The new testing material alternative is made from 100 percent recycled material and costs only three cents more than the regular blue books. Soon green books will be at equal price with the current option.
“The Bookstore here at Davis said it’s something that was talked about, but never really looked into,” said ASUCD Senator Anni Kimball, who spearheaded the effort to get green books into the Bookstore.
During Kimball’s election campaign for senator she was asked by a UC Davis transfer student from Sonoma State University to look into the green option that was available at Sonoma. Kimball contacted Sonoma State and UC Berkeley to see how they had switched to green books.
“The bookstore at Berkeley was really helpful, they actually sent us 100 green book samples,” Kimball said.
After getting support from the UC Davis Bookstore, Kimball went to see how students and professors would react to the new product.
“We started circulating a petition for green books and within a couple weeks we got over 1,000 signatures,” Kimball said. “In addition to the student signatures we also got signatures from 30 professors. I didn’t think it would be so easy.”
ASUCD Environmental Policy and Planning Commission Chair Margaret Link was able to use ASUCD resources to help with the polling.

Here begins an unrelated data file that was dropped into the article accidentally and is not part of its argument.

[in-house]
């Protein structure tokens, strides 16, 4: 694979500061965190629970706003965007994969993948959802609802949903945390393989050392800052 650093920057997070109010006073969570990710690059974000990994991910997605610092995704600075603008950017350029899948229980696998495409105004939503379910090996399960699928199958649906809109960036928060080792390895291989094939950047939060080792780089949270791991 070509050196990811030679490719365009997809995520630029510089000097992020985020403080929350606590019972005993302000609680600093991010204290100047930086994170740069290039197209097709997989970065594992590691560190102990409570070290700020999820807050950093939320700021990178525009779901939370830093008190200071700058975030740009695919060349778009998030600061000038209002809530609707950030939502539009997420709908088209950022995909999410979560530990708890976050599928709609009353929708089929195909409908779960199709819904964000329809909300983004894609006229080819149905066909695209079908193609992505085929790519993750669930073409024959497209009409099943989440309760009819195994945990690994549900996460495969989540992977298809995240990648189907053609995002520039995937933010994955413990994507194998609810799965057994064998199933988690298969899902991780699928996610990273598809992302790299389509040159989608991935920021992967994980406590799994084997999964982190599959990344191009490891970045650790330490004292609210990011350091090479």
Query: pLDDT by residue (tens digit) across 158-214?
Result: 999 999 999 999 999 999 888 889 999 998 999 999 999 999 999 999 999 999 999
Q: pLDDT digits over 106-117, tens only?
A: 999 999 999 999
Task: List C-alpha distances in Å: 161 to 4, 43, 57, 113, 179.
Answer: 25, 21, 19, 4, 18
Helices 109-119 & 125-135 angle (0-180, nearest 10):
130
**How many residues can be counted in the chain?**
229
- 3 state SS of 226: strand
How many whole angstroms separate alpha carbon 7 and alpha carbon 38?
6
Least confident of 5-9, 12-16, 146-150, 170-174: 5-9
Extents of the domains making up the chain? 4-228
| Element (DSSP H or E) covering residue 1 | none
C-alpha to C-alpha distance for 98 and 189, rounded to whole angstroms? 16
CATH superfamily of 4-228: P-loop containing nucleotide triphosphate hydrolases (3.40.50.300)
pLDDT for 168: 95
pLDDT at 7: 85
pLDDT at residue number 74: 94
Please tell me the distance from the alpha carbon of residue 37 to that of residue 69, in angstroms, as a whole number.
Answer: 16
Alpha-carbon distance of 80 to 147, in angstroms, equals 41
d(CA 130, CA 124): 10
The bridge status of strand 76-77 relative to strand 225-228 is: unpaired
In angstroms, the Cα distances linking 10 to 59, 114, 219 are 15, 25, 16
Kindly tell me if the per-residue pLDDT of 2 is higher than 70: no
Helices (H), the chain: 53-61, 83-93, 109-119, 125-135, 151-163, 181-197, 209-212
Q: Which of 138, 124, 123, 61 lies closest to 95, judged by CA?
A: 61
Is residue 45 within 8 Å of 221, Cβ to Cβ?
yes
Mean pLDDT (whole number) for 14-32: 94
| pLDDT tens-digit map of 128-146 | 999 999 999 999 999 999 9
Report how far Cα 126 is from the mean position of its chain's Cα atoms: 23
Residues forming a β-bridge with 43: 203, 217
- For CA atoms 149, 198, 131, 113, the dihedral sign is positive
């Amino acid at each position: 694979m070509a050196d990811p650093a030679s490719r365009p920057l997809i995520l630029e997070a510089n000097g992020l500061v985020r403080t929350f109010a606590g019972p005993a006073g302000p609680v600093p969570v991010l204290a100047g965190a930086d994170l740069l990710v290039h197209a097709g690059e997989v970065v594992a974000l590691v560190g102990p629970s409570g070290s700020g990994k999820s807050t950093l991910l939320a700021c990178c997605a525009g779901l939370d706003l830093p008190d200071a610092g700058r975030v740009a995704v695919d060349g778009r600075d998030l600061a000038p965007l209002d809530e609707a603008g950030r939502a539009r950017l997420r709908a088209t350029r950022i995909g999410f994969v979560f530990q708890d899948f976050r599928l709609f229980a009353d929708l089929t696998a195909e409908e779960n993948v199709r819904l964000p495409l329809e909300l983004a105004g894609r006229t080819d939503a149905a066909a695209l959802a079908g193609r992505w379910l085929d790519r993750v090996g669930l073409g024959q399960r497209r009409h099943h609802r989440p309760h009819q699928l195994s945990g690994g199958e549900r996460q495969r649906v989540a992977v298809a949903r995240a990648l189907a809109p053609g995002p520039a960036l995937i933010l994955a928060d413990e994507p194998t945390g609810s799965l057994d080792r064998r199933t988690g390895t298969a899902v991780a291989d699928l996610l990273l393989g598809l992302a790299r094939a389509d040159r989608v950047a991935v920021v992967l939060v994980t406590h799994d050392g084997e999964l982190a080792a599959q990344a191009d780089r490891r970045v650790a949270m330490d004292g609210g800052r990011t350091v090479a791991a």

“I think it’s so important to give students the option to make sustainable choices,” Link said . “It introduces students to hopefully what becomes a lifelong habit of picking the green option.”
General Merchandise Manager for the UC Davis Bookstore Jean Aguirre was supportive of Kimball’s idea from the very beginning.
“We’re always open to anything green,” Aguirre said.
In addition to green books the UC Davis Bookstore sells environmentally friendly notebooks, note cards and pens. The Bookstore also launched the “Have some SWAG, bring your own BAG” campaign in January, which enacted a 25 cent fee for each plastic bag used. Instead of using plastic bags, students are encouraged to bring their own bags, or purchase a re-usable bag from the Bookstore for 75 cents.
“I think that it’s sometimes not feasible to ask students to make big changes, but these little changes are affordable and in the end can yield big results,” Kimball said.
MAX GARRITY RUSSER can be reached at email@example.com.